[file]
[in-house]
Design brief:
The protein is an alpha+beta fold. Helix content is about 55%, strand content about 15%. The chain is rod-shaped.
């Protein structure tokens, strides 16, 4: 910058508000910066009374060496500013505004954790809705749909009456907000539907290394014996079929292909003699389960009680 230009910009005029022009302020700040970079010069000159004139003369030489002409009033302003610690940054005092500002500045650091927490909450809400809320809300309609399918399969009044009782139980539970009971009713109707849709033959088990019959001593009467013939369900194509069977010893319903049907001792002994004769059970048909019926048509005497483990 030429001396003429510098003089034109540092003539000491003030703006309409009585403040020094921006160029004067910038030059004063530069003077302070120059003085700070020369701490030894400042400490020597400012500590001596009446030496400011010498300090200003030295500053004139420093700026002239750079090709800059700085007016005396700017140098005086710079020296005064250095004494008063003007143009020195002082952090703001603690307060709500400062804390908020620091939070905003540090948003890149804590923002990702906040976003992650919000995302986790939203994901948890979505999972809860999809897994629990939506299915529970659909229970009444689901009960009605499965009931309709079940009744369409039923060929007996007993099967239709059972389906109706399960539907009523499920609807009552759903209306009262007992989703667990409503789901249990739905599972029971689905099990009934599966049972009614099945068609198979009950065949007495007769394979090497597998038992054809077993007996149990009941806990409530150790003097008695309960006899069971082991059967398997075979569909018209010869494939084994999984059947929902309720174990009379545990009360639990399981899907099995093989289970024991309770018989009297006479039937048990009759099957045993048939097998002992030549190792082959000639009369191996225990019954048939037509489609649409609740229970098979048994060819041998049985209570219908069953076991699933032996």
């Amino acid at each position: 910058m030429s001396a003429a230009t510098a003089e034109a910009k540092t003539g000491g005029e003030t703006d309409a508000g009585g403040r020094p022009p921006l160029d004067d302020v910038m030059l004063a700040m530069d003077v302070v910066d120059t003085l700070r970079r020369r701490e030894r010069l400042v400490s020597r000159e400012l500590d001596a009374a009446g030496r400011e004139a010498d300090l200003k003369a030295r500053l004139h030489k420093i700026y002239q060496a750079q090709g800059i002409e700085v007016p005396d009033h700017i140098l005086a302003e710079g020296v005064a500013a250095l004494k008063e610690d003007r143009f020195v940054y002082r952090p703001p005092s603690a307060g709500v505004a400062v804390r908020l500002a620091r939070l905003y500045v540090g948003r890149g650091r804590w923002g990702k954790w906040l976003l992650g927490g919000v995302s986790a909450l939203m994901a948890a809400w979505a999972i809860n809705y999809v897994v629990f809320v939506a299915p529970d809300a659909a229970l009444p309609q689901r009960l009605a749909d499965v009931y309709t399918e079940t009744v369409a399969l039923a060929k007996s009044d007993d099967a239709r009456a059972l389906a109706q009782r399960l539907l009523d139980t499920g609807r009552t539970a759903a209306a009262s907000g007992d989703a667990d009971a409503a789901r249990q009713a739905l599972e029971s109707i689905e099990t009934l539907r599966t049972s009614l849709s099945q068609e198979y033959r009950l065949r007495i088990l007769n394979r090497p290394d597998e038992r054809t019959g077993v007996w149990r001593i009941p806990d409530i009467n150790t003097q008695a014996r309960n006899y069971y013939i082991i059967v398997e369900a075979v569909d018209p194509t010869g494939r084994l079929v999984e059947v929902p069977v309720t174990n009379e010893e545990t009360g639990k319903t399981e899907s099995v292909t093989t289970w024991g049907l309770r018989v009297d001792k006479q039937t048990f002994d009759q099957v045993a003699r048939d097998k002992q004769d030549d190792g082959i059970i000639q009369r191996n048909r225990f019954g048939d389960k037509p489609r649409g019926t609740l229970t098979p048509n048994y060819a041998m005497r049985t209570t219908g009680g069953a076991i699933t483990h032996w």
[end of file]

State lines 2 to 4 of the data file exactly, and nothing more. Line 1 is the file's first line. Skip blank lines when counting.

Design brief:
The protein is an alpha+beta fold. Helix content is about 55%, strand content about 15%. The chain is rod-shaped.
């Protein structure tokens, strides 16, 4: 910058508000910066009374060496500013505004954790809705749909009456907000539907290394014996079929292909003699389960009680 230009910009005029022009302020700040970079010069000159004139003369030489002409009033302003610690940054005092500002500045650091927490909450809400809320809300309609399918399969009044009782139980539970009971009713109707849709033959088990019959001593009467013939369900194509069977010893319903049907001792002994004769059970048909019926048509005497483990 030429001396003429510098003089034109540092003539000491003030703006309409009585403040020094921006160029004067910038030059004063530069003077302070120059003085700070020369701490030894400042400490020597400012500590001596009446030496400011010498300090200003030295500053004139420093700026002239750079090709800059700085007016005396700017140098005086710079020296005064250095004494008063003007143009020195002082952090703001603690307060709500400062804390908020620091939070905003540090948003890149804590923002990702906040976003992650919000995302986790939203994901948890979505999972809860999809897994629990939506299915529970659909229970009444689901009960009605499965009931309709079940009744369409039923060929007996007993099967239709059972389906109706399960539907009523499920609807009552759903209306009262007992989703667990409503789901249990739905599972029971689905099990009934599966049972009614099945068609198979009950065949007495007769394979090497597998038992054809077993007996149990009941806990409530150790003097008695309960006899069971082991059967398997075979569909018209010869494939084994999984059947929902309720174990009379545990009360639990399981899907099995093989289970024991309770018989009297006479039937048990009759099957045993048939097998002992030549190792082959000639009369191996225990019954048939037509489609649409609740229970098979048994060819041998049985209570219908069953076991699933032996």